Wednesday, November 29, 2006

Rest of the Story Author's Rapid Response Letter Published in Response to Malpractice Article

The rapid response letter to the editor which I submitted to Tobacco Control in response to the article suggesting that malpractice lawsuits against physicians be filed if they fail to follow the Public Health Service smoking cessation guidelines was published today.

The letter, entitled "Legal Reasoning in Malpractice Article is Not Sound," stated the following:

"I find the argument provided in the paper to be non-compelling because it fails to provide any reasonable argument for how the 3rd showing in a medical malpractice case - that there is a causal relationship between the breach of duty and the incurred injury - could possibly be met in a smoking malpractice case. This would require proving to the jury that the physician's failure to warn the patient to quit smoking was the cause of the injury sustained by the patient.

This would imply that 3 things would have to be shown: (1) that the patient would have quit smoking if only the physician had advised them to quit and followed the PHS guidelines; and (2) that the reason the patient did not quit smoking was that the physician failed to advise them to quit and failed to follow the PHS guidelines; and (3) that if the patient had quit smoking, he would not have developed the injury.

These seem to be unreasonable, if not impossible, points to prove. How can we possibly know that a patient would have successfully quit smoking if only the physician had followed the guidelines? Unfortunately, the overwhelming scientific evidence cited in the paper supports a conclusion that the patient would most likely not have quit smoking, even if the physician had followed the guidelines. The data demonstrate that the cessation success rate, even with physician treatment, is dismal. The success rate does not even come close to approaching 50%; thus, it is more likely than not that even with physician advice to quit smoking, the patient would not have been successful in quitting smoking.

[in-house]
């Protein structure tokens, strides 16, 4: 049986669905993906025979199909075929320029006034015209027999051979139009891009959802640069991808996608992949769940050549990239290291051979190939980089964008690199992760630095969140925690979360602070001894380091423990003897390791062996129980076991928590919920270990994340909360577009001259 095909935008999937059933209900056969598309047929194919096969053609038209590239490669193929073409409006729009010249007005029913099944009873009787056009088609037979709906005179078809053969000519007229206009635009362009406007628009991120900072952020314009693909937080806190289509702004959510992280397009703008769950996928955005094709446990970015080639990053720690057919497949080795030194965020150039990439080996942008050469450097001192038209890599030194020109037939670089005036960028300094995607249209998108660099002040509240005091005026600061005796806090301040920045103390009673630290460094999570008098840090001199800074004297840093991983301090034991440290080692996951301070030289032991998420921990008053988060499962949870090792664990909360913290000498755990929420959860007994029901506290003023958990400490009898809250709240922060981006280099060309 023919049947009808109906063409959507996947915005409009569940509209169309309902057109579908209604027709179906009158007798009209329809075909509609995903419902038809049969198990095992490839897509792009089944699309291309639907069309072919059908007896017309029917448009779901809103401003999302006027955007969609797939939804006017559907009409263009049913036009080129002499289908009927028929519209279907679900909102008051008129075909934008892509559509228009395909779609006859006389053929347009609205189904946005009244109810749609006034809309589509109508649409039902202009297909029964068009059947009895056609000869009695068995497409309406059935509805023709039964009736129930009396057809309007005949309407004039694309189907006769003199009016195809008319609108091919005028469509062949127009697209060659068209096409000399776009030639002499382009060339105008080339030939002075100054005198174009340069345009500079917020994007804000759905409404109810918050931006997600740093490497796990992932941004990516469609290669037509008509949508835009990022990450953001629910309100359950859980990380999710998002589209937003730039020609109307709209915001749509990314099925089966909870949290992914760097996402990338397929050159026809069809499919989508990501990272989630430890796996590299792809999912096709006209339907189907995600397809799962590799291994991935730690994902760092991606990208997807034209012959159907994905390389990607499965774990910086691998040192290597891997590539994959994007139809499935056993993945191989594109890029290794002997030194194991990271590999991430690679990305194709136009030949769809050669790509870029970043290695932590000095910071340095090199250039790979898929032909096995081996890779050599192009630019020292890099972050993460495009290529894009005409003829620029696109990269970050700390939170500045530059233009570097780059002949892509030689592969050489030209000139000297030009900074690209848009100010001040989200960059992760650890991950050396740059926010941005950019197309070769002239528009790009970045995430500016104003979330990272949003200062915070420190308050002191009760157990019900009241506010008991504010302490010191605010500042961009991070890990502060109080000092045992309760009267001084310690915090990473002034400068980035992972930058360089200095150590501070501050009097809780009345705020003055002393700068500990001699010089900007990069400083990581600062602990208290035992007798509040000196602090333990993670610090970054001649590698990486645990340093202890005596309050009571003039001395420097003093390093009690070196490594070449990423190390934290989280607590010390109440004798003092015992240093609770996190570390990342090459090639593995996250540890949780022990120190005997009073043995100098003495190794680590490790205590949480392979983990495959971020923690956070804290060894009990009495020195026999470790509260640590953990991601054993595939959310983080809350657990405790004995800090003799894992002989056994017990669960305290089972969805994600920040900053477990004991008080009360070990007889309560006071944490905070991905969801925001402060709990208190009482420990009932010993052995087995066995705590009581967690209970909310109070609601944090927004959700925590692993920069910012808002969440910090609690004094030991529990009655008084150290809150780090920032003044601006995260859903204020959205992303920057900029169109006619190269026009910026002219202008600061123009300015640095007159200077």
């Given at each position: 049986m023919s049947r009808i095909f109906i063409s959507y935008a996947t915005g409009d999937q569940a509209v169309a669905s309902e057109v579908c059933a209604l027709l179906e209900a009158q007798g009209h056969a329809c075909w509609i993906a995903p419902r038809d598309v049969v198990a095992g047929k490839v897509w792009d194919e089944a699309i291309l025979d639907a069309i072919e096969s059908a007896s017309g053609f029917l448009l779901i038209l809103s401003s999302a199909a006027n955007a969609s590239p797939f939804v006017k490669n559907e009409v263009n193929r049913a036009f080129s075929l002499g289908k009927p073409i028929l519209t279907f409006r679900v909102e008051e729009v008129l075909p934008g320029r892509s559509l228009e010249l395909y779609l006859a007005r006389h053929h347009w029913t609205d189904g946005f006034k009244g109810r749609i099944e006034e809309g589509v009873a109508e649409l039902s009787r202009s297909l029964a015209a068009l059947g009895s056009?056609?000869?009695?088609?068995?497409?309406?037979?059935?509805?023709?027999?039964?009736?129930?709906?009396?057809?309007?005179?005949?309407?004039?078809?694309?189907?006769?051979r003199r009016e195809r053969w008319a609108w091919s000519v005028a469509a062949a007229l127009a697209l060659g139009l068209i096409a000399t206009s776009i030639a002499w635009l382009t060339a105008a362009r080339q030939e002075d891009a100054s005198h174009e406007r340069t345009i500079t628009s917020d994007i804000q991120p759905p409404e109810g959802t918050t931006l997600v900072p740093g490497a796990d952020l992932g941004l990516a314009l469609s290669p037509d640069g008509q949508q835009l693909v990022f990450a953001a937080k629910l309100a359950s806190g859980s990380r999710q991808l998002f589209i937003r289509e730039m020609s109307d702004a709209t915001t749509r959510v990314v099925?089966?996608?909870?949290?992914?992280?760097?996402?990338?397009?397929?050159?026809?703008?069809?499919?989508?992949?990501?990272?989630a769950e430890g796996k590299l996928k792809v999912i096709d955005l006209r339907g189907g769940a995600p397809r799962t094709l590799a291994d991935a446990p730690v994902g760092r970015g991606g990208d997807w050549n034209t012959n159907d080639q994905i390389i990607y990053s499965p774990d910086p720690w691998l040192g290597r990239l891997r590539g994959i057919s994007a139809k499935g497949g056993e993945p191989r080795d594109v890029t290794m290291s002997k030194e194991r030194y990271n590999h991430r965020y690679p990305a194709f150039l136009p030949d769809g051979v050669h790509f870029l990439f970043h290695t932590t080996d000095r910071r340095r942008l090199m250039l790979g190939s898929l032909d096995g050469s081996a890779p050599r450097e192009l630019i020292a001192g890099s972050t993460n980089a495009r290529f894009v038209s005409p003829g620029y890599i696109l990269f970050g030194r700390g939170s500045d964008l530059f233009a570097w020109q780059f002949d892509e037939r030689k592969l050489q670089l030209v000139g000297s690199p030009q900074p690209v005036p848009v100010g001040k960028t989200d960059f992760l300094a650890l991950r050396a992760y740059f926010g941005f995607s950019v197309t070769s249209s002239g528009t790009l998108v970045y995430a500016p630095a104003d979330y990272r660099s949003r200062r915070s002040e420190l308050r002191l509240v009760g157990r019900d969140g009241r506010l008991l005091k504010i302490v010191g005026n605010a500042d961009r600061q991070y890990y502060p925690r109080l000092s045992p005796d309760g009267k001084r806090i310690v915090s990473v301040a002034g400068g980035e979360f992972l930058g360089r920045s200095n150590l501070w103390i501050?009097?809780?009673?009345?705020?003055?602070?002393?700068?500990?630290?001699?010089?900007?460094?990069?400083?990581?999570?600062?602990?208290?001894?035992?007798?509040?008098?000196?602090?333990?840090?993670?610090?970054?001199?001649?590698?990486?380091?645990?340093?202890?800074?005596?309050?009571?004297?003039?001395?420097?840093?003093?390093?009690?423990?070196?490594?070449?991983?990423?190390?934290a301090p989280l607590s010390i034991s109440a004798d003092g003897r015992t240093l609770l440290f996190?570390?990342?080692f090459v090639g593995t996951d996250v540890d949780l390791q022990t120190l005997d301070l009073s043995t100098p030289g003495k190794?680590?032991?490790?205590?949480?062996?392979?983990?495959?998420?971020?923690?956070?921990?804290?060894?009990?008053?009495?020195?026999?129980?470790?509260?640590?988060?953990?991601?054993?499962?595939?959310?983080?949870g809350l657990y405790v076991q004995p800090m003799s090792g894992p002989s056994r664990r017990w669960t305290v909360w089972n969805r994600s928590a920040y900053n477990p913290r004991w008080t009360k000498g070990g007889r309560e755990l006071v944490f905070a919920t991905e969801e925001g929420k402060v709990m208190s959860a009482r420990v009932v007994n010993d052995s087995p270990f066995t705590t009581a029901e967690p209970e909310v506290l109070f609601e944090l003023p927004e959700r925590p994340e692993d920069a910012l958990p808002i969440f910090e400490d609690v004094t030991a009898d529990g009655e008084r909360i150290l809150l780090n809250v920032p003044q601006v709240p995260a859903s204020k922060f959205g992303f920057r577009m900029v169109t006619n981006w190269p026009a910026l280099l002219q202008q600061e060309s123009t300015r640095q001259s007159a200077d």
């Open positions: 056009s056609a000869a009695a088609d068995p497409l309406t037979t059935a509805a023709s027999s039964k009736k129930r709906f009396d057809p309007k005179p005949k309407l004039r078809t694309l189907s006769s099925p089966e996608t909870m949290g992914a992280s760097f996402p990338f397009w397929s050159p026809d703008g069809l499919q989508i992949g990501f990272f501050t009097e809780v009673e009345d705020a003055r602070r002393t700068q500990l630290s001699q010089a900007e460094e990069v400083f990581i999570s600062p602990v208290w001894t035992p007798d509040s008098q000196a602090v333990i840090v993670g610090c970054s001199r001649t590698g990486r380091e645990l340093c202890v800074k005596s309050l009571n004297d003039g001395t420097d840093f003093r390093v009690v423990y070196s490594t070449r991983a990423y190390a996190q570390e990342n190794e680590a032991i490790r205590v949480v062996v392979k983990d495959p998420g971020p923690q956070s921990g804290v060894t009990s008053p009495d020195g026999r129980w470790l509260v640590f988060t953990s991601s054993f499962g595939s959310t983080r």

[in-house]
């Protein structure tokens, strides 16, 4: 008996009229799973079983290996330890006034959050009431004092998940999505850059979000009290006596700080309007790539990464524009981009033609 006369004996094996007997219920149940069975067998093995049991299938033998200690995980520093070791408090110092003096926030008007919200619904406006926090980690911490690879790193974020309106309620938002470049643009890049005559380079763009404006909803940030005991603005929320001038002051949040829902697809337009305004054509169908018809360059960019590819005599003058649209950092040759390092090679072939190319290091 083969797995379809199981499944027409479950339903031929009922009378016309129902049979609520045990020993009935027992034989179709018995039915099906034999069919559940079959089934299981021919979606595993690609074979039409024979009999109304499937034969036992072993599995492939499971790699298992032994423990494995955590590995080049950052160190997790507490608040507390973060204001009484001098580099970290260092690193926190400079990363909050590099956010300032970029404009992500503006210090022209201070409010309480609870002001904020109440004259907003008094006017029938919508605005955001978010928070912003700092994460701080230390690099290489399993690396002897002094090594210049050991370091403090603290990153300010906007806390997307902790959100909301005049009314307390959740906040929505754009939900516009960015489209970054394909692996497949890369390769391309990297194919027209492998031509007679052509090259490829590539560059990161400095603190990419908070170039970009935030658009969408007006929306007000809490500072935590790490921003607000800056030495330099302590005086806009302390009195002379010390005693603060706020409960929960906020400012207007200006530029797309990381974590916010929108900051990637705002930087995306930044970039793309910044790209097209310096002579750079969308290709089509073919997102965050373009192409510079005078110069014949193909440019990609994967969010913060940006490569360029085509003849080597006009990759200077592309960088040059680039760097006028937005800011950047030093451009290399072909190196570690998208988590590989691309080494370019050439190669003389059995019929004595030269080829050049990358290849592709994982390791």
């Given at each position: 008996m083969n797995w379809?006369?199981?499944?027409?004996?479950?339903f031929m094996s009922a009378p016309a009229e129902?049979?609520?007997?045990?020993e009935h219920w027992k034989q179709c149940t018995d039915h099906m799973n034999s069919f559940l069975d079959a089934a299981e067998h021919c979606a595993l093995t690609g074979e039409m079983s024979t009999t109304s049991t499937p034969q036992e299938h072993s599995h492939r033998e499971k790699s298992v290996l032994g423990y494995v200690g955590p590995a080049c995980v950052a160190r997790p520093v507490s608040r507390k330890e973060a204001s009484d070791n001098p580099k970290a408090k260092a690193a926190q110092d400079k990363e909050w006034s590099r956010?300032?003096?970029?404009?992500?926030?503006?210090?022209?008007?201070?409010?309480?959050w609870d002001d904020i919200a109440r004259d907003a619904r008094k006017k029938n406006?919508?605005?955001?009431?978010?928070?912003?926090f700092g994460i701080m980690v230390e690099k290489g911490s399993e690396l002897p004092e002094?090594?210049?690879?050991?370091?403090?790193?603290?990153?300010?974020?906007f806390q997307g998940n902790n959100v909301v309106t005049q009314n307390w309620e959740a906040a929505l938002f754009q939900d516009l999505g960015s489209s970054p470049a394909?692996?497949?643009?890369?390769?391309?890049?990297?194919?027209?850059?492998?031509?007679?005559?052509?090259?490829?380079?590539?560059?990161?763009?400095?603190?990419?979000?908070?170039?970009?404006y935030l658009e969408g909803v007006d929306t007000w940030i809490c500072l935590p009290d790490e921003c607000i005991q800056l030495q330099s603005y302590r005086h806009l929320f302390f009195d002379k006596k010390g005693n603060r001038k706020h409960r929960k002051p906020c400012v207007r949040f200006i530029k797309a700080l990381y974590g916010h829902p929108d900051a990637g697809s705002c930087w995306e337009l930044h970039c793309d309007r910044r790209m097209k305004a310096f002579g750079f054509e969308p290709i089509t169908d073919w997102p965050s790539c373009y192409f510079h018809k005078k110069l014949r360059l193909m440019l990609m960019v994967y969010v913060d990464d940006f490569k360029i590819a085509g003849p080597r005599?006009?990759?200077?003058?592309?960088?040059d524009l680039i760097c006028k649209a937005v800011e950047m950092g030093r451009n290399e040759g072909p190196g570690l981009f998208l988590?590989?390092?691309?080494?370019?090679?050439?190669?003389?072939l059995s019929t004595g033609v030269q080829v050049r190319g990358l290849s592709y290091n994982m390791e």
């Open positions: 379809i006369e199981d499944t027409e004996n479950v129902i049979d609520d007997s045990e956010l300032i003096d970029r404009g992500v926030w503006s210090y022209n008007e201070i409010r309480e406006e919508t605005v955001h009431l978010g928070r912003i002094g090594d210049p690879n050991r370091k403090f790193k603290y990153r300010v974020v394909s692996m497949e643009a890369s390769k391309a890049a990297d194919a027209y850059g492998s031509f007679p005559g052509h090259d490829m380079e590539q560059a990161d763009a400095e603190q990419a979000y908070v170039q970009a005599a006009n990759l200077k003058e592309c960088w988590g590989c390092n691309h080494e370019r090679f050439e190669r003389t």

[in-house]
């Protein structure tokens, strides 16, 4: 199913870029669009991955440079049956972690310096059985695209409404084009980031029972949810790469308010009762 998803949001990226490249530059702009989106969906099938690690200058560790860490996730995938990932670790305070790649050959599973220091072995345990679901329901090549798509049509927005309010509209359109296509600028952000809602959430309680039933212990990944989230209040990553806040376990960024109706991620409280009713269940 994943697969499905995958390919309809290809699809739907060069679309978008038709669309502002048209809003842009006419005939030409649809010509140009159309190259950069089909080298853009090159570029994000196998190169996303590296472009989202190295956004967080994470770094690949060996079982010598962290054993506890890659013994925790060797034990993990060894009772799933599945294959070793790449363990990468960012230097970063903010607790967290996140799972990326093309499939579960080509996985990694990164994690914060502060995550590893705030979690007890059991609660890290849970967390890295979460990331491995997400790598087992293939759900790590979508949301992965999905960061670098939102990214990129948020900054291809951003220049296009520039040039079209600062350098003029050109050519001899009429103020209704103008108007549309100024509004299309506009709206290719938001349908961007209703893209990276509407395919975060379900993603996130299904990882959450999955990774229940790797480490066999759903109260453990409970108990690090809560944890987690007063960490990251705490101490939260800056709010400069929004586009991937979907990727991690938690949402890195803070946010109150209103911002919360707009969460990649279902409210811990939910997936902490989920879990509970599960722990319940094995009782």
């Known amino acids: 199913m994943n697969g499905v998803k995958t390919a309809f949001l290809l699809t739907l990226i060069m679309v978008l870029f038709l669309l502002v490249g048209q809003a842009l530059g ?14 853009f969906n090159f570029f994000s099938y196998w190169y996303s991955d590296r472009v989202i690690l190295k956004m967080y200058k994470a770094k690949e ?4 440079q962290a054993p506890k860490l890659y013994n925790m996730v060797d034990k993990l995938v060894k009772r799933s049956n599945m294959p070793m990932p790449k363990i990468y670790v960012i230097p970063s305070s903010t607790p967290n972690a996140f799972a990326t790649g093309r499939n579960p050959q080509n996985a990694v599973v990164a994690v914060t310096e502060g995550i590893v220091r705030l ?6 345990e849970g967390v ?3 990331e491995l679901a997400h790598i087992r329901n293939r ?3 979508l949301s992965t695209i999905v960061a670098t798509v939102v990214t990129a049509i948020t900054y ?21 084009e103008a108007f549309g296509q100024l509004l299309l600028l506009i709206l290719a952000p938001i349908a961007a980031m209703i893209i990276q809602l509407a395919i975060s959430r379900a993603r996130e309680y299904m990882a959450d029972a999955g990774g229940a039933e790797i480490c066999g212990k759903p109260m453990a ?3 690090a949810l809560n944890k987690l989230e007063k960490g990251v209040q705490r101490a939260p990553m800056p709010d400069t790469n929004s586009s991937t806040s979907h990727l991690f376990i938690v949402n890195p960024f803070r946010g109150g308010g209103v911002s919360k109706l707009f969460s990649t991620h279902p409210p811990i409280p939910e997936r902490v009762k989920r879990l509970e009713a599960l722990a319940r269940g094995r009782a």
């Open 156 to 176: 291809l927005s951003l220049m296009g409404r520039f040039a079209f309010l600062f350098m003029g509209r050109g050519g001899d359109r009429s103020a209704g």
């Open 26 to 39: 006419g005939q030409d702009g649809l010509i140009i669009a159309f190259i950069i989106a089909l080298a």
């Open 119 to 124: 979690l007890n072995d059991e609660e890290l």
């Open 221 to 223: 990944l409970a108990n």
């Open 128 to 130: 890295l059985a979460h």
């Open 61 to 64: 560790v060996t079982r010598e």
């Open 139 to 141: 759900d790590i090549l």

The success rates reported in the PHS guideline itself are generally below 20%. This means that it is much more likely than not (in fact 4 times out of 5) that a patient who goes through the suggested intervention will fail to quit smoking. I view this as an intractable problem in the use of the PHS CPG in medical malpractice lawsuits for failure to properly treat tobacco dependence. Until such time as there is a truly effective treatment for smoking cessation (one that works most of the time), there really can be no basis for establishing a causal relationship between the breach of duty and the incurred injury.

Finally, it is important to note that one would not only have to show that the plaintiff would have quit smoking had only the physician advised them to quit; one would also have to show that had the person quit smoking, they would not have developed the injury. However, we know that many former smokers still develop smoking-related injuries. It is not clear that one could show that the plaintiff wouldn't have developed the disease even if they had successfully quit smoking, especially for a disease such as lung cancer where risk decreases slowly following smoking cessation."

I will continue to alert readers as subsequent rapid responses to this troublesome, though important, article are published.

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